but it seems like you can move the function body into caller directly

@@ +178,5 @@
> +  nsTouchEvent event(true, aEventType, aRootWidget);
> +
> +  event.time = PR_IntervalNow();
> +
> +  // XXX: Touch has an identifier of -1 to hint that it is synthesized.

why is XXX?
Attachment #778715 - Flags: feedback?(surkov.alexander) → feedback+
(In reply to alexander :surkov from comment #18)
> Comment on attachment 778715 [details] [diff] [review]
> Have touch events precede mouse events to simulate touch devices.
> 
> Review of attachment 778715 [details] [diff] [review]:
> -----------------------------------------------------------------
> 
> ::: accessible/src/base/nsCoreUtils.cpp
> @@ +117,5 @@
> >    DispatchMouseEvent(NS_MOUSE_BUTTON_DOWN, cnvdX, cnvdY,
> >                       tcContent, tcFrame, presShell, rootWidget);
> >  
> >    DispatchMouseEvent(NS_MOUSE_BUTTON_UP, cnvdX, cnvdY,
> >                       tcContent, tcFrame, presShell, rootWidget);
> 
> you need to fix these to make XUL trees working

I didn't touch DispatchMouseEvent() so it should just work fine, no?

> 
> @@ +121,5 @@
> >                       tcContent, tcFrame, presShell, rootWidget);
> >  }
> >  
> > +void
> > +nsCoreUtils::DispatchClickEvent(nsIPresShell *aPresShell, nsIContent *aContent)
> 
> nit: type* name
> 
> but it seems like you can move the function body into caller directly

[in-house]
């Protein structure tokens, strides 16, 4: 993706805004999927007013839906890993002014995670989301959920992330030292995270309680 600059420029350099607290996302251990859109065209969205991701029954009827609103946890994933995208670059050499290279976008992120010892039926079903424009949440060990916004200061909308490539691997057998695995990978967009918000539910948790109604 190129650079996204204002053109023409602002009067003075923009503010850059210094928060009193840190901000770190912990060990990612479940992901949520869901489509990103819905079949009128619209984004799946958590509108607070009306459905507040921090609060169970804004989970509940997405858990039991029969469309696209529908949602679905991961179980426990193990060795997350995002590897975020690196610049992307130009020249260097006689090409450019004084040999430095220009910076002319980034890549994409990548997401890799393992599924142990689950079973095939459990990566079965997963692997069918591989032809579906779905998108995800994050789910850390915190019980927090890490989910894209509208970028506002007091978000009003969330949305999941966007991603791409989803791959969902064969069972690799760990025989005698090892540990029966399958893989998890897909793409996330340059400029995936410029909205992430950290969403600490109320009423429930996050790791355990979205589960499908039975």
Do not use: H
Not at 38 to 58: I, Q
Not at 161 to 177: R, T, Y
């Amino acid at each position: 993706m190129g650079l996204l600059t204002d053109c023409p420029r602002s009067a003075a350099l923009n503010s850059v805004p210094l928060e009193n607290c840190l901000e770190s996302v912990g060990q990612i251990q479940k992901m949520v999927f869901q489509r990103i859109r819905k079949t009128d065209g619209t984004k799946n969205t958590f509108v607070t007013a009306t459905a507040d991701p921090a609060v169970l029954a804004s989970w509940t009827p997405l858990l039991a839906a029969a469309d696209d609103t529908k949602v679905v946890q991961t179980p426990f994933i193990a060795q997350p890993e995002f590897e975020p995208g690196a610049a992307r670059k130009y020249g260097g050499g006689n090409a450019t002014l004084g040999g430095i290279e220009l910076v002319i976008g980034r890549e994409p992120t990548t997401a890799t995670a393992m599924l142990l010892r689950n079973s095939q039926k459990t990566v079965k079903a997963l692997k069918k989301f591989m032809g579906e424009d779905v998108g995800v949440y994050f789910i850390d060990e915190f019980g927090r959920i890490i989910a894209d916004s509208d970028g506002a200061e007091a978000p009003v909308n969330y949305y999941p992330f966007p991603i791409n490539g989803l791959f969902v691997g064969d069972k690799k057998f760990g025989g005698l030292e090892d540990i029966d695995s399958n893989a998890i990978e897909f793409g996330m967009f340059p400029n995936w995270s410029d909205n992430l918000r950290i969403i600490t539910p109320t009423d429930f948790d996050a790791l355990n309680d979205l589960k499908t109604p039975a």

I'm not sure what you mean. All this should go into Accessible::DispatchClickEvent()?

> 
> @@ +178,5 @@
> > +  nsTouchEvent event(true, aEventType, aRootWidget);
> > +
> > +  event.time = PR_IntervalNow();
> > +
> > +  // XXX: Touch has an identifier of -1 to hint that it is synthesized.
> 
> why is XXX?

When receiving a touch event in content, there is no way to know what the input source was (or if the event was synthesized). In Mouse events it is possible with mozInputSource.

So instead I give it a negative identifier (which is completely legal). That way, when we capture the event in AccessFu, we let it through to the content and don't cancel it like we do with real touch events.

So, the XXX suggests this is just a hack. When we migrate to pointer events, we will have an attribute in the PointerEvent interface called pointerType[1] that takes a string, and will allow us to differentiate the sources of events.

http://www.w3.org/TR/pointerevents/#widl-PointerEventInit-pointerType
(In reply to Eitan Isaacson [:eeejay] from comment #19)
> (In reply to alexander :surkov from comment #18)

> > you need to fix these to make XUL trees working